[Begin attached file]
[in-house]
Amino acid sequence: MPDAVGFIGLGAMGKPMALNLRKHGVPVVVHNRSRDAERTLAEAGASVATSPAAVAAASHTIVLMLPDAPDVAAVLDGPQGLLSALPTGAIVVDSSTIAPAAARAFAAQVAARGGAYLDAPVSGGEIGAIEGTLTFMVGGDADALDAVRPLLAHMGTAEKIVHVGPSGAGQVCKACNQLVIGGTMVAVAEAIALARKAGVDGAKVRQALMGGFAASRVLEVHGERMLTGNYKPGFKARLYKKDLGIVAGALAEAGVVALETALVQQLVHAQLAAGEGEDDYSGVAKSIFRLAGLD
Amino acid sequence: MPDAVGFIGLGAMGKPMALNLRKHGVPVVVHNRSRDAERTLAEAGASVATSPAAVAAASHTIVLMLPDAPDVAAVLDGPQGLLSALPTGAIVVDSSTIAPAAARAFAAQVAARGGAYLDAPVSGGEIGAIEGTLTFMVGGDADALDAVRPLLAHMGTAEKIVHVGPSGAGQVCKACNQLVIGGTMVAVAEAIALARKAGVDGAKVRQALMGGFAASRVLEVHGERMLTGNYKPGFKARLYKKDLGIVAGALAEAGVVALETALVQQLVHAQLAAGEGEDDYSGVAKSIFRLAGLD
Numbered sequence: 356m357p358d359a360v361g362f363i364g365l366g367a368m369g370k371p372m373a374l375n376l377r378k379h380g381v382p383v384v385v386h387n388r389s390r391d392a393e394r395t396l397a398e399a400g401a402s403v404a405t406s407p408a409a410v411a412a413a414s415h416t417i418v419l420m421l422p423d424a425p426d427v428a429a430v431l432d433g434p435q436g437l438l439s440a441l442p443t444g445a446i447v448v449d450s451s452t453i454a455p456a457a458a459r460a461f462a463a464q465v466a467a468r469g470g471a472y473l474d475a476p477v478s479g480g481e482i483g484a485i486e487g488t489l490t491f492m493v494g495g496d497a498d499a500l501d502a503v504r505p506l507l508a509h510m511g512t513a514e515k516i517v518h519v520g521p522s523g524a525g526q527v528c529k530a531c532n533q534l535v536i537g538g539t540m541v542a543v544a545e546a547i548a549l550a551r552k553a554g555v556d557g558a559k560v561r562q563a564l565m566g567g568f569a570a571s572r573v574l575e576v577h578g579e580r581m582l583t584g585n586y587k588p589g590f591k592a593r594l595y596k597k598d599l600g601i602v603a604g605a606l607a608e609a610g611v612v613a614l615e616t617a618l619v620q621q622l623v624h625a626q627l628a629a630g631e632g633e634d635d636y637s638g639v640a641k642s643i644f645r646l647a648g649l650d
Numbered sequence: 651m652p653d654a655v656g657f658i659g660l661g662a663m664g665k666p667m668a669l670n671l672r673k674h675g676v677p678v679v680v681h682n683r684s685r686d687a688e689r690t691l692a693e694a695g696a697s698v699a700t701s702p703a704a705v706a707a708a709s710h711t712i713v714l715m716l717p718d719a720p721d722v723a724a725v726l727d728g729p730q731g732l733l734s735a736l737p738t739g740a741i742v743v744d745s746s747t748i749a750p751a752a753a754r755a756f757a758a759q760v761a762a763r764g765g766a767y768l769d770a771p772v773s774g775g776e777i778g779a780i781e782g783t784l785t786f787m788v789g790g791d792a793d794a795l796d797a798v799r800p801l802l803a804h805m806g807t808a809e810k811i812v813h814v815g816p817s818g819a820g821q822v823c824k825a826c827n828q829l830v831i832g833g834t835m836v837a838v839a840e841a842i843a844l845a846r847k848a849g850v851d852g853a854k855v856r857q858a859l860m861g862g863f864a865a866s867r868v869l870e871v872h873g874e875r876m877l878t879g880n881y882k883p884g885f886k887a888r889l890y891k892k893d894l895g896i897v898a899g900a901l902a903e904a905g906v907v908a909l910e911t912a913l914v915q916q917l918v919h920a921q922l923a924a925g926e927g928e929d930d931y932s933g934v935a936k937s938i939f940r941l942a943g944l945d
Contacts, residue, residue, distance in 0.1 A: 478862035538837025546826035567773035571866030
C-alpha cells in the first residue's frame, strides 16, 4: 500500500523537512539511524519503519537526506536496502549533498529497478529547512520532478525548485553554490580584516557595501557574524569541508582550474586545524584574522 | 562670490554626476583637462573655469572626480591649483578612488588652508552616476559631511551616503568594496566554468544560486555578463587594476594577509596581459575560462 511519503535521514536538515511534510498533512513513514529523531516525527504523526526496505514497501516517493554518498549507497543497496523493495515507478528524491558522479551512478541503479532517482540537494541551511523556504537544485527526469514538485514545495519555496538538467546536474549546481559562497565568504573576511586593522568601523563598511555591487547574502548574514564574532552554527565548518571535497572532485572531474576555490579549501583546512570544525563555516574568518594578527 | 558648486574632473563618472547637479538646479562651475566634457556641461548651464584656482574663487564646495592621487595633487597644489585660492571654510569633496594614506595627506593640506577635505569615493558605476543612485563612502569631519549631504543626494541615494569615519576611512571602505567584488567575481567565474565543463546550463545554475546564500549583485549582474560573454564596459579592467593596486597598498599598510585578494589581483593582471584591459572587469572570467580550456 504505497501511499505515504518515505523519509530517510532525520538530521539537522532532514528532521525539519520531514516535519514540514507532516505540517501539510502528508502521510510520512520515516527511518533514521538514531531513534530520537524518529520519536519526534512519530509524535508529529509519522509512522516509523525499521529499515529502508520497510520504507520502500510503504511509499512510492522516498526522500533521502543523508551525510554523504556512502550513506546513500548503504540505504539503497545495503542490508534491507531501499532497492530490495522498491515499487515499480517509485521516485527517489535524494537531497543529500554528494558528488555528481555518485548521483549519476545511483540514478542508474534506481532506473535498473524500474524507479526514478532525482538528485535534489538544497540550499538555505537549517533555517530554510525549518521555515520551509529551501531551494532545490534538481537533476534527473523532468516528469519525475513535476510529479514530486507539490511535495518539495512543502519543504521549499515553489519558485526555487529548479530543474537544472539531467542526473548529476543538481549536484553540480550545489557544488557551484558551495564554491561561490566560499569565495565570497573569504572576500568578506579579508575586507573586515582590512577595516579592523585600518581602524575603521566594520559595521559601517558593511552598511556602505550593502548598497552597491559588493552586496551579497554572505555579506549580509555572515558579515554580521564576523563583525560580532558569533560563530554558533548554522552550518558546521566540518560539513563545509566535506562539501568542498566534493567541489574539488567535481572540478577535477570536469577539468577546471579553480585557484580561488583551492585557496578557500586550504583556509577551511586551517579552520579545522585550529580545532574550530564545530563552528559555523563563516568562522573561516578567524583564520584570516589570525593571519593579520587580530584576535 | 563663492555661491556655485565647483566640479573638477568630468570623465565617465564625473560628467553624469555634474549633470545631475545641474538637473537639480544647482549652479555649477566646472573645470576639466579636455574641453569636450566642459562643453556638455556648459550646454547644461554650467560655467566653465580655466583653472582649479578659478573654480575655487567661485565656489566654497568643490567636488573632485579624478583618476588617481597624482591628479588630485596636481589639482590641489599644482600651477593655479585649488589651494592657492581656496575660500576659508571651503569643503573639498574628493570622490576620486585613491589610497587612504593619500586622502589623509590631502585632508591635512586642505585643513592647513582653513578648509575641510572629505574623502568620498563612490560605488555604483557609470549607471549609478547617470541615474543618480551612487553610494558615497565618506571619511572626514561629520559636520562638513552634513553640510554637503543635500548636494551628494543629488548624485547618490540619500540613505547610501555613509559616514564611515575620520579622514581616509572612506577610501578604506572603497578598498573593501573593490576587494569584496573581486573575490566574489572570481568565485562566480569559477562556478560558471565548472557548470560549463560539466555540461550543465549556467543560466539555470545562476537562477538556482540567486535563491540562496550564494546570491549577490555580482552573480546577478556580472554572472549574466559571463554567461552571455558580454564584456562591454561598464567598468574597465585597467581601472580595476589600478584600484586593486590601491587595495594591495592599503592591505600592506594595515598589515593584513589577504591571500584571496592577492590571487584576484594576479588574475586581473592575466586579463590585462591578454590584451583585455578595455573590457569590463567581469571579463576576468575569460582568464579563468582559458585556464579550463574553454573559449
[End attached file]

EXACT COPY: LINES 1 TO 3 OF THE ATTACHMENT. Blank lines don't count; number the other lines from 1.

[in-house]
Amino acid sequence: MPDAVGFIGLGAMGKPMALNLRKHGVPVVVHNRSRDAERTLAEAGASVATSPAAVAAASHTIVLMLPDAPDVAAVLDGPQGLLSALPTGAIVVDSSTIAPAAARAFAAQVAARGGAYLDAPVSGGEIGAIEGTLTFMVGGDADALDAVRPLLAHMGTAEKIVHVGPSGAGQVCKACNQLVIGGTMVAVAEAIALARKAGVDGAKVRQALMGGFAASRVLEVHGERMLTGNYKPGFKARLYKKDLGIVAGALAEAGVVALETALVQQLVHAQLAAGEGEDDYSGVAKSIFRLAGLD
Amino acid sequence: MPDAVGFIGLGAMGKPMALNLRKHGVPVVVHNRSRDAERTLAEAGASVATSPAAVAAASHTIVLMLPDAPDVAAVLDGPQGLLSALPTGAIVVDSSTIAPAAARAFAAQVAARGGAYLDAPVSGGEIGAIEGTLTFMVGGDADALDAVRPLLAHMGTAEKIVHVGPSGAGQVCKACNQLVIGGTMVAVAEAIALARKAGVDGAKVRQALMGGFAASRVLEVHGERMLTGNYKPGFKARLYKKDLGIVAGALAEAGVVALETALVQQLVHAQLAAGEGEDDYSGVAKSIFRLAGLD